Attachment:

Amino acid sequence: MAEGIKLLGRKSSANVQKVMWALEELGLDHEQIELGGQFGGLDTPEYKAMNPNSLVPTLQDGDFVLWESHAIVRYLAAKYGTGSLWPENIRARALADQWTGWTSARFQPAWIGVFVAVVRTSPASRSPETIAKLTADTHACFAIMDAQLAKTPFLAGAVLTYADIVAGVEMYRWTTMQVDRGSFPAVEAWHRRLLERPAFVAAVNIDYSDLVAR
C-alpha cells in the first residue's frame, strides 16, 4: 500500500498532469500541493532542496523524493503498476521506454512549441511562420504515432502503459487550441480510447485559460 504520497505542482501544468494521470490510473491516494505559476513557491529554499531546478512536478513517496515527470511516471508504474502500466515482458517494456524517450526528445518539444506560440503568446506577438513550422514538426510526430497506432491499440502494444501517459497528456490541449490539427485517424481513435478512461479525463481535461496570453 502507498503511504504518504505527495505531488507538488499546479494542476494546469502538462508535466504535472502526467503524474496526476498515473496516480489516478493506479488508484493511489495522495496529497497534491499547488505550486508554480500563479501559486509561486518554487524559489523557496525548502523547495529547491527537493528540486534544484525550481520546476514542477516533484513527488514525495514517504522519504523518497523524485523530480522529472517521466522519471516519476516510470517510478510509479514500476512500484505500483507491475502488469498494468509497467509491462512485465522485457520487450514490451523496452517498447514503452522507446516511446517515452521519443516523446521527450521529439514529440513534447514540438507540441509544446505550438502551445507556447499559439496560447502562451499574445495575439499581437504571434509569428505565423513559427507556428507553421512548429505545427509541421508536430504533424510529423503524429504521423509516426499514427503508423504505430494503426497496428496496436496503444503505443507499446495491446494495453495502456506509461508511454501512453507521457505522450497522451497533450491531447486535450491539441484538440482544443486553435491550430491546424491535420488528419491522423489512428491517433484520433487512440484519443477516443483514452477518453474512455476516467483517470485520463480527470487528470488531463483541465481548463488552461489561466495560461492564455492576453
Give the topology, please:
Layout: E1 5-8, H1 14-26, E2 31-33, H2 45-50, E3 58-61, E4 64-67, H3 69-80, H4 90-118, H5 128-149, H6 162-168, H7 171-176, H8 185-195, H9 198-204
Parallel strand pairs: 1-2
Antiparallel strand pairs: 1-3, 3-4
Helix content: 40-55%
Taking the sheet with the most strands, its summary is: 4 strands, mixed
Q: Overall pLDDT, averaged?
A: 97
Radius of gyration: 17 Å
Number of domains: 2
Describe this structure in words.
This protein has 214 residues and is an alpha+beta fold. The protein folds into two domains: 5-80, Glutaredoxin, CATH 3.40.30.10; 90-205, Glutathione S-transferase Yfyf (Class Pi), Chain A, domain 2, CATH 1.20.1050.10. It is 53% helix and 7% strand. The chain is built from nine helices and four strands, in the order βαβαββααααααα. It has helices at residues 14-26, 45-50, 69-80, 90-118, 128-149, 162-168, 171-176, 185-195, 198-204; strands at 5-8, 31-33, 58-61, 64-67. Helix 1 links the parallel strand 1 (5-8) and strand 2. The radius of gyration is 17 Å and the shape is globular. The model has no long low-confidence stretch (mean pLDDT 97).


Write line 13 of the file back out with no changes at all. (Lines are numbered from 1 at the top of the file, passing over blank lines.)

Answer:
Describe this structure in words.